Root cause analysis matters. It matters because addressing a problem with solutions that are not at the root means the problem will continue.

Is that a reason for the meeting?

Meetings Solve Problems

Do your meetings seem to focus around the same problem over and over again? Perhaps it is because of a lack of critical thinking, root cause analysis, or patterns of inappropriate interventions.

Usually the only problems that hit the meeting are the ones that are tough to solve. Everything else has already been taken care of.

Make your meetings count, it is why you’ve assembled in the first place. Meetings that count, have a plan.

The next time you attend bring a proposed solution for every problem you plan to present.


Dennis E. Gilbert is a business consultant, speaker (CSPTM), and culture expert. He is a five-time author and the founder of Appreciative Strategies, LLC. His business focuses on positive human performance improvement solutions through Appreciative Strategies®. Reach him through his website at Dennis-Gilbert.com or by calling +1 646.546.5553.

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Solving Workforce Problems, Should You Triangulate Your Approach?

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A solution is what most people want. Often our most complex workforce problems go unsolved because if they were easily solved, then they wouldn’t really be a problem would they?

Planning work

Problem solving can be fun, especially when it is just difficult enough to be stimulating but not so challenging that you get frustrated.

Unfortunately sometimes the problems become so difficult that we get frustrated, we might feel like giving up, or we might have to dig deeper to discover additional knowledge or gain additional expertise.

Many of our most challenging problems cannot be solved with a one size fits all approach. We would often like to believe that they can, we often approach them like they can, but then sometimes reality sets in and we come up noticeably short.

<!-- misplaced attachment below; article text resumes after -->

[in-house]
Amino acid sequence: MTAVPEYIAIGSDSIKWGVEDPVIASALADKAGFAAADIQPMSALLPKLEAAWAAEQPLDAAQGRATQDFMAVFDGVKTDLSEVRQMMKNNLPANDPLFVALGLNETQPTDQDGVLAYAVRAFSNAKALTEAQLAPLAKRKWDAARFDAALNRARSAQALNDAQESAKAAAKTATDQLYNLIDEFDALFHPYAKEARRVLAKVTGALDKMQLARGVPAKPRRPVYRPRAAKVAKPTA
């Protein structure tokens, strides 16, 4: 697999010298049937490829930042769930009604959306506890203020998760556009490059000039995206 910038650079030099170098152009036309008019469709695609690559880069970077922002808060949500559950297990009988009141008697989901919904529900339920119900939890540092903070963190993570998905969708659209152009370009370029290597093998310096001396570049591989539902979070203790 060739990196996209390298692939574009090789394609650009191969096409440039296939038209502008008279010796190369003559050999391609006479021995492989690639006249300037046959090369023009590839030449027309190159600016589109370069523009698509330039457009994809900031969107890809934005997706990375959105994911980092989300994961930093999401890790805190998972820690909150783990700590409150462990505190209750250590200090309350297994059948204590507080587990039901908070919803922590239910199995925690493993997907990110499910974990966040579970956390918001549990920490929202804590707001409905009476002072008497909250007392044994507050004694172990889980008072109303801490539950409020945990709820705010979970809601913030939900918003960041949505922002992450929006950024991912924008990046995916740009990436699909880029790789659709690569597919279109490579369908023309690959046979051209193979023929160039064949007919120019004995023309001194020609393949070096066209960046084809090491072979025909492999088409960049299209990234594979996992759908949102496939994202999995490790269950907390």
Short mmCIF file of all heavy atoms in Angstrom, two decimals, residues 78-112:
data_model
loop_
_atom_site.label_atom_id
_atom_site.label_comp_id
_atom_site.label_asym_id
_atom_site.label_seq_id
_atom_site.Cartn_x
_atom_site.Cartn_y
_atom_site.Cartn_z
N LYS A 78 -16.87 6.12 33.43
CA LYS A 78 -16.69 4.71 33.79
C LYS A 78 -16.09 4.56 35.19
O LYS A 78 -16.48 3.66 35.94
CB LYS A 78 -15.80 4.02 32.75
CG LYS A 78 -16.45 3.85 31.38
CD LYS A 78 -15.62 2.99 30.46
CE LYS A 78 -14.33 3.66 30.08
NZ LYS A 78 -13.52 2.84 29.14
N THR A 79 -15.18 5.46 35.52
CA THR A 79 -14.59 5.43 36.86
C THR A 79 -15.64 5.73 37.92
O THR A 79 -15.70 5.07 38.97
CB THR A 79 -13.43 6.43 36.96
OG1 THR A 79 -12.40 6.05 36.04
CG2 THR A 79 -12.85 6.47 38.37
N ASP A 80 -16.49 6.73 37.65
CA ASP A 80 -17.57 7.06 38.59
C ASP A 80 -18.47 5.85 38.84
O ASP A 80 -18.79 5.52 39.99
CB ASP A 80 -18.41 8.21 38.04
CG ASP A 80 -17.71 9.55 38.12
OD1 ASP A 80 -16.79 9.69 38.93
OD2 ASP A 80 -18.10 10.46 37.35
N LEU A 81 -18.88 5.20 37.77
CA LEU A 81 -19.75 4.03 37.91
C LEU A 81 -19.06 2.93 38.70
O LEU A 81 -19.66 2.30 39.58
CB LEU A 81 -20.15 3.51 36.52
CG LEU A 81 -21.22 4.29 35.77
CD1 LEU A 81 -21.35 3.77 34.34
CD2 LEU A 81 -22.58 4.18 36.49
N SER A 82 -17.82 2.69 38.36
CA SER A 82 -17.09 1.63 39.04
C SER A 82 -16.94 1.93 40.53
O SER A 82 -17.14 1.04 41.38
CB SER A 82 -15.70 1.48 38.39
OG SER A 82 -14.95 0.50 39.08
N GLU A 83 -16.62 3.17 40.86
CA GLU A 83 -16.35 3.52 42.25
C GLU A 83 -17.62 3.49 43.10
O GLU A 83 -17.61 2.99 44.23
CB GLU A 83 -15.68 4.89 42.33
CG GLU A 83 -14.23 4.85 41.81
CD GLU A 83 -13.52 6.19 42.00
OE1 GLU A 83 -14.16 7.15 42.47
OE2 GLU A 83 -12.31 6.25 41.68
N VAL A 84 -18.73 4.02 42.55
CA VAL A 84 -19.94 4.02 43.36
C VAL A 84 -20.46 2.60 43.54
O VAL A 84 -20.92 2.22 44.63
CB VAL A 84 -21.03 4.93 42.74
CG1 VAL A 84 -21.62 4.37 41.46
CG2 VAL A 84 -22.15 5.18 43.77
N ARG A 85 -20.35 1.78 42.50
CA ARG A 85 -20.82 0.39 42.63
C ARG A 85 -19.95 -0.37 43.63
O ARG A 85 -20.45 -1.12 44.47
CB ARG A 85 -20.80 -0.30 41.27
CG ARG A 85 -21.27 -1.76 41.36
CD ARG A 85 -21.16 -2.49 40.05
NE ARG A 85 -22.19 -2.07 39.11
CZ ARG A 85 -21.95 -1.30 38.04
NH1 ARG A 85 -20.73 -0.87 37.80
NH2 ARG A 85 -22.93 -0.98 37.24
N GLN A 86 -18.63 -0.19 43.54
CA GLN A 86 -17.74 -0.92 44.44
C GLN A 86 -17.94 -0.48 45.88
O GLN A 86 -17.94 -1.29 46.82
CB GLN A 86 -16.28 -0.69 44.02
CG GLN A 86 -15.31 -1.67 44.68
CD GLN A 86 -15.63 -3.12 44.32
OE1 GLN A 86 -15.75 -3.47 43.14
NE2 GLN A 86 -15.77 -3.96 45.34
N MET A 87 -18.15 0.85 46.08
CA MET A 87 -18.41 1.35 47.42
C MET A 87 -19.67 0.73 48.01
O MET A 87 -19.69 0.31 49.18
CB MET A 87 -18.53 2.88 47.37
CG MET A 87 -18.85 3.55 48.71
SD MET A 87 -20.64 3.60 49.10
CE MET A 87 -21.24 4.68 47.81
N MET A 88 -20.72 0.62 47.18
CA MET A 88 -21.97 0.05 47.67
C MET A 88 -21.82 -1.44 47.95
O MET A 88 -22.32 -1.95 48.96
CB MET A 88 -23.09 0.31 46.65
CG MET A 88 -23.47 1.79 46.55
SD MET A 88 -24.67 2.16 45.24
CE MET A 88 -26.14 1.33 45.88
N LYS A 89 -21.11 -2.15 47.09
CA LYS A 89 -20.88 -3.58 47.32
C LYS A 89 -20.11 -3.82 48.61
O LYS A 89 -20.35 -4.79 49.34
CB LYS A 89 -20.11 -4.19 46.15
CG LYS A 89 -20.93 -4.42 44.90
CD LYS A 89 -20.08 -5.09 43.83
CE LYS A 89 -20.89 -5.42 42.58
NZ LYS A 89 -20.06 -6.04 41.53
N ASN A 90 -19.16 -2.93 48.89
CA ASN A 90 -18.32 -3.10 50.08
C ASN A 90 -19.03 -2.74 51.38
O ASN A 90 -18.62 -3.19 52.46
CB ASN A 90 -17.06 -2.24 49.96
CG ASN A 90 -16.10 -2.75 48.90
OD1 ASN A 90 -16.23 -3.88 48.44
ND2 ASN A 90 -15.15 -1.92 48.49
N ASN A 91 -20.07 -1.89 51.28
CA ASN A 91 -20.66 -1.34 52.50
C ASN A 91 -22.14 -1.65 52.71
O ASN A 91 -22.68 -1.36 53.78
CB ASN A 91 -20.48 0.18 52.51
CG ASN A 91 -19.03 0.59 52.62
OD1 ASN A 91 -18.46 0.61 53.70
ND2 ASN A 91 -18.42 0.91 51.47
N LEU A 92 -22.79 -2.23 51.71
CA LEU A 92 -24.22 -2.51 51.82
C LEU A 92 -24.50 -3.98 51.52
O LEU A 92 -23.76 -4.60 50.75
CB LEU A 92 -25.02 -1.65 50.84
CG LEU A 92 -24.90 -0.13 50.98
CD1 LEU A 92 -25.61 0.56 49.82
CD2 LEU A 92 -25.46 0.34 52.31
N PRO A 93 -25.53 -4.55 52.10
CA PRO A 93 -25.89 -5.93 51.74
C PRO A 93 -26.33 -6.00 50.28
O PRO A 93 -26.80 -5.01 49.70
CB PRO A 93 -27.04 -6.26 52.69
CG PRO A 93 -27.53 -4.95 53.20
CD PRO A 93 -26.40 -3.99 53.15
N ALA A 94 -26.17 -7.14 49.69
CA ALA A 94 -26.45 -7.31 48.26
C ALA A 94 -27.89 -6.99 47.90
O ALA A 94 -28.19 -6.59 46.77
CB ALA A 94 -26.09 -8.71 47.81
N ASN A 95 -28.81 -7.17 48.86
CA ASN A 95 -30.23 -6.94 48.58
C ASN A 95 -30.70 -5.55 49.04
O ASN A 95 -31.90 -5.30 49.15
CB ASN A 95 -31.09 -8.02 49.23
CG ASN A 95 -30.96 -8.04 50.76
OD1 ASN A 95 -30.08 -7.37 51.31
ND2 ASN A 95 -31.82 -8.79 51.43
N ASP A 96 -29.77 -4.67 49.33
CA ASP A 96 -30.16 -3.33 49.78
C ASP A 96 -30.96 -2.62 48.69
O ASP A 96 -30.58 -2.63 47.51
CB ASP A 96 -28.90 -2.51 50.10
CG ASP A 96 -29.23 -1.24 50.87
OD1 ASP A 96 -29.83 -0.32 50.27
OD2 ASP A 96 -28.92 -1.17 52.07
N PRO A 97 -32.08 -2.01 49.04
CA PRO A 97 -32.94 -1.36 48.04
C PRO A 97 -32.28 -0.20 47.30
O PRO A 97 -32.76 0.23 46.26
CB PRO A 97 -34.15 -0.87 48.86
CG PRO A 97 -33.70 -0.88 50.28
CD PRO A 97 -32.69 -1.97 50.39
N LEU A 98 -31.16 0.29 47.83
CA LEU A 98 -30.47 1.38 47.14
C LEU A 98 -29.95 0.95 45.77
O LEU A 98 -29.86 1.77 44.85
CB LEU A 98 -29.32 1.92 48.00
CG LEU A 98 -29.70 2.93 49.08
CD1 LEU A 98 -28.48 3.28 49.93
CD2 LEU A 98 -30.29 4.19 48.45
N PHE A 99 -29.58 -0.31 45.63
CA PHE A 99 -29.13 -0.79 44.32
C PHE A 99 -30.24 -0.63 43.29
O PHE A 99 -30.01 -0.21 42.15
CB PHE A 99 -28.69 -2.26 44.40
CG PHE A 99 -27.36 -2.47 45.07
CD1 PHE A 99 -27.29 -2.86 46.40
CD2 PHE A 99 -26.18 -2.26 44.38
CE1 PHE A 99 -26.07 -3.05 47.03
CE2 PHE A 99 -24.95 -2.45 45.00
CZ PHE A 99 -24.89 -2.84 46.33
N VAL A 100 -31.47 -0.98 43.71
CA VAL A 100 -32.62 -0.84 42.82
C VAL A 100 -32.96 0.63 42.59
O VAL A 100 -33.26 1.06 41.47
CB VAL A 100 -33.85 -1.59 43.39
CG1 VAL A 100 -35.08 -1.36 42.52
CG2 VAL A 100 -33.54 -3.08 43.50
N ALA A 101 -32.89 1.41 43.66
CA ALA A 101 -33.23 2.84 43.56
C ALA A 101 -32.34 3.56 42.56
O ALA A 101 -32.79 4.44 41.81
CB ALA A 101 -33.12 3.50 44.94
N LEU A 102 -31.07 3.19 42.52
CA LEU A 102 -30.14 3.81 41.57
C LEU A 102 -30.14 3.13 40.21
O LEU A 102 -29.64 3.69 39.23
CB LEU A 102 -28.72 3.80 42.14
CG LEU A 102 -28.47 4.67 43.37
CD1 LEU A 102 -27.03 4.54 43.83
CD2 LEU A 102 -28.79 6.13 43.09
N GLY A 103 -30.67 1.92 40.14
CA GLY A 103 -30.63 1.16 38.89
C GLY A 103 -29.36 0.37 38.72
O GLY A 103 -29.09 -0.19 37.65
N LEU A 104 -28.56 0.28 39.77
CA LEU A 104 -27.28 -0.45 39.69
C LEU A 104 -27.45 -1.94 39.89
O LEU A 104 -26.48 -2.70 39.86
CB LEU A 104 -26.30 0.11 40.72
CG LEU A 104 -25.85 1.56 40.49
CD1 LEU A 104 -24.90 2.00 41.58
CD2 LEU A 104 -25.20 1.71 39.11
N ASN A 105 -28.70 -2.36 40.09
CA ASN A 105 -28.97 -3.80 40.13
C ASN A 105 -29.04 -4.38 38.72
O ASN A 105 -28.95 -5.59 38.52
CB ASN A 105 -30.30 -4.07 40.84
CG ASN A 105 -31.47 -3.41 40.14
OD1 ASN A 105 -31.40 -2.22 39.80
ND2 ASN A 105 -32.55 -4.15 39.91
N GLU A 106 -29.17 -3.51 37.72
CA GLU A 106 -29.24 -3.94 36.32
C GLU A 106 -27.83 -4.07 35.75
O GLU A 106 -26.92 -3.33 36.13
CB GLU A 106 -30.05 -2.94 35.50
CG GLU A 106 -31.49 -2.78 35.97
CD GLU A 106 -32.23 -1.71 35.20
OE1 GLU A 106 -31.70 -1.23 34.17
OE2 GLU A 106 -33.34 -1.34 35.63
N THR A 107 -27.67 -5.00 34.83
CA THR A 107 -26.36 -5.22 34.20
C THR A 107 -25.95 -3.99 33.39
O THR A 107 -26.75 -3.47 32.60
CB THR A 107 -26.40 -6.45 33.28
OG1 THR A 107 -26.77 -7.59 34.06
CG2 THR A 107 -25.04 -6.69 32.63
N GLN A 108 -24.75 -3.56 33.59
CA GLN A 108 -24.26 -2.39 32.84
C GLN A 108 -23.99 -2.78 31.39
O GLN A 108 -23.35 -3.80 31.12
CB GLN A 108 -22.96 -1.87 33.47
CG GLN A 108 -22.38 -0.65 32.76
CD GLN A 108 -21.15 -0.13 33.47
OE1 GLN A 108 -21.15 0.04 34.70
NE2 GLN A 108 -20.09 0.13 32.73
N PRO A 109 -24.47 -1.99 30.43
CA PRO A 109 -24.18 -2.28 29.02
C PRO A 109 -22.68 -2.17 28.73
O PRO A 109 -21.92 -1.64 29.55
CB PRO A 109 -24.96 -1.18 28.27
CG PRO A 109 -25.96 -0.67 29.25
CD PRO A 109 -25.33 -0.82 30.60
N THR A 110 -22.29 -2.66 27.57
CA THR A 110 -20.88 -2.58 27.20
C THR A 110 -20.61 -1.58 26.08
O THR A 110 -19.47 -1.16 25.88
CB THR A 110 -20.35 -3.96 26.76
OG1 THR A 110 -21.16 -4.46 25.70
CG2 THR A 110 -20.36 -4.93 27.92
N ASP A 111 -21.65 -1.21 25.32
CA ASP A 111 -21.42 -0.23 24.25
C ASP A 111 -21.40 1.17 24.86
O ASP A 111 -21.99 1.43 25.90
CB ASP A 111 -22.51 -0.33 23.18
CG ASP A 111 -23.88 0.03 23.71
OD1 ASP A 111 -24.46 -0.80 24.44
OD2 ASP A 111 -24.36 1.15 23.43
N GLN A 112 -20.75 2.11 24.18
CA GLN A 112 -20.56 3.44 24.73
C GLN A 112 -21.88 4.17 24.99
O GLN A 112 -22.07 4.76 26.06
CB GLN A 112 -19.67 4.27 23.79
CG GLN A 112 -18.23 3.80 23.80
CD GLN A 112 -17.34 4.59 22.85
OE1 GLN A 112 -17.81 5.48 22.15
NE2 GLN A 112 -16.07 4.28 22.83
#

One solution might be to triangulate your approach.


The idea of triangulation to solve problems could have several different meanings, but triangulation by definition typically refers to the idea of having two or more pieces of information, and then using that information to calculate the information you are missing. I believe our GPS and navigation systems use this or a similar methodology with satellites and ground position.

How is this idea connected with solving problems in the workplace?

Setting aside design and engineering challenges which likely already involve the use of complex mathematical calculations to solve problems, we might try to combine several known approaches that develop data that would allow us to make more informed choices or predictions for probable outcomes.

By doing this we have the opportunity to validate our information and potentially understand the most probable fix.

How does it work?

Lets assume for a moment that we have a number of choices for determining why employee turnover ratios are high. We could survey employees, we could conduct individual interviews, or we could use focus groups and perhaps many other variations of this type of work to collect data in an attempt to understand solutions for reducing turnover.

In most cases, largely because of time and resources, an organization would choose only one method or a single approach. However, if we would choose two or more well proven approaches (a sort of double check) the information might be considered more valid and reliable.

Doing this means you’ve triangulated your approach with two or more pieces of data that will point to a solution.

Triangulating your approach isn’t the easiest and it doesn’t come with the lowest initial cost, but the long-term benefits could easily overshadow the short-term costs.

What do you think, should you triangulate your approach?


Dennis E. Gilbert is a business consultant, speaker (CSPTM), and corporate trainer that specializes in helping businesses and individuals accelerate their leadership, their team, and their success. He is a four-time author and some of his work includes, Forgotten Respect, Navigating A Multigenerational Workforce and Pivot and Accelerate, The Next Move Is Yours! Reach him through his website at Dennis-Gilbert.com or by calling +1 646.546.5553.